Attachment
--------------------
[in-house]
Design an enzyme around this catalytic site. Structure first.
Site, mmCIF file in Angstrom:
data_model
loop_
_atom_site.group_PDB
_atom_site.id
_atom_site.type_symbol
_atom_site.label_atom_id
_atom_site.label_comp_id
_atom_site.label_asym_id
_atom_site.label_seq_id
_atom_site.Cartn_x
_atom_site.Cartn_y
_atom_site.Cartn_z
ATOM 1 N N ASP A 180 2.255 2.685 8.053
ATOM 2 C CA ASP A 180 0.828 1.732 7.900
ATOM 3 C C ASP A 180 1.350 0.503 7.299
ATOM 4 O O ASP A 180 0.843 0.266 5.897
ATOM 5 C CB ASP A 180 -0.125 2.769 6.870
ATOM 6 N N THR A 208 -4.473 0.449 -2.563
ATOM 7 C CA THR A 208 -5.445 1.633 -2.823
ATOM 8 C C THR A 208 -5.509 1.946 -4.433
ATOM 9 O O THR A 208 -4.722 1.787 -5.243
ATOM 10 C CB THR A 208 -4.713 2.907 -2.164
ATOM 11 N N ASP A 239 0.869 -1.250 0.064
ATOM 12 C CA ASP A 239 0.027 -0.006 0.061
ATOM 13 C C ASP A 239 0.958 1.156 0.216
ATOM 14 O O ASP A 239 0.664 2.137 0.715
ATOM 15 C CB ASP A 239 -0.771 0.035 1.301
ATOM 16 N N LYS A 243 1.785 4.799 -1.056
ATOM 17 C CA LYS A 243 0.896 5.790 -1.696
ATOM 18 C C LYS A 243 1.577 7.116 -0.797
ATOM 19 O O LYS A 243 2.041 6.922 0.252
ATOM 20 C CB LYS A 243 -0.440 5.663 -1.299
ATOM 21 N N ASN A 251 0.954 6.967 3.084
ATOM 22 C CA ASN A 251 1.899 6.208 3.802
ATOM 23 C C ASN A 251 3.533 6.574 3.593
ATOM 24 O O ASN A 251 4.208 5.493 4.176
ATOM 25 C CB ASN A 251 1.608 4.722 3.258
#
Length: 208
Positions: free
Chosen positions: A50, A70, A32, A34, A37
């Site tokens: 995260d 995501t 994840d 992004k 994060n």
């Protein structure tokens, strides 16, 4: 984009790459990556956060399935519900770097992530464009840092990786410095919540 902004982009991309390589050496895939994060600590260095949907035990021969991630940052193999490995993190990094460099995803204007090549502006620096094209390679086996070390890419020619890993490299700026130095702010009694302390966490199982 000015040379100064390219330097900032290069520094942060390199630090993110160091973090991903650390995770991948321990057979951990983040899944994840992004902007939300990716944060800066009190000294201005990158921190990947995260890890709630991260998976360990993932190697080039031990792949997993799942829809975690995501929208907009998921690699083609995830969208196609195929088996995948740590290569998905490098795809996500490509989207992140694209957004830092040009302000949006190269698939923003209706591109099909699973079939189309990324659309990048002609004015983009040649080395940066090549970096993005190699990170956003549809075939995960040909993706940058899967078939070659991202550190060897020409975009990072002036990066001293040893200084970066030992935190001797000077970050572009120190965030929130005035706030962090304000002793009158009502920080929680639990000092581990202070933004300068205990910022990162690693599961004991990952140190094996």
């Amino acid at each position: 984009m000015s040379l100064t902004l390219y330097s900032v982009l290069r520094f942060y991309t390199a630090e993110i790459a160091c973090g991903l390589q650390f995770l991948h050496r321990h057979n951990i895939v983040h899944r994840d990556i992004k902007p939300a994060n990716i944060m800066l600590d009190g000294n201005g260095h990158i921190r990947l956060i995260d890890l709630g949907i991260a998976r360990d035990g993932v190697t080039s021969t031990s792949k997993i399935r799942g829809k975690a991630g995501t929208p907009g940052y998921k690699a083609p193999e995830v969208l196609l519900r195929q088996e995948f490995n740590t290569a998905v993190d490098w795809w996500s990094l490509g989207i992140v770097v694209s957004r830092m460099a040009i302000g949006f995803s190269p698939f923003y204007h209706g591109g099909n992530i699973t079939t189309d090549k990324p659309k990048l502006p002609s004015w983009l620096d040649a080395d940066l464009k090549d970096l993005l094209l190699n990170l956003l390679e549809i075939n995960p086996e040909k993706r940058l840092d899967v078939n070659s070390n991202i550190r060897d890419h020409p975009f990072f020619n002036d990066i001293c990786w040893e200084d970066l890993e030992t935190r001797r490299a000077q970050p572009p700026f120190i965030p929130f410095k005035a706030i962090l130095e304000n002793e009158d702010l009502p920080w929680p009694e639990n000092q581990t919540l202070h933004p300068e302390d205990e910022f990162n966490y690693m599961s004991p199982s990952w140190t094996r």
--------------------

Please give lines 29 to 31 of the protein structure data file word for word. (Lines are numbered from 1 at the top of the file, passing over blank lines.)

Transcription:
ATOM 14 O O ASP A 239 0.664 2.137 0.715
ATOM 15 C CB ASP A 239 -0.771 0.035 1.301
ATOM 16 N N LYS A 243 1.785 4.799 -1.056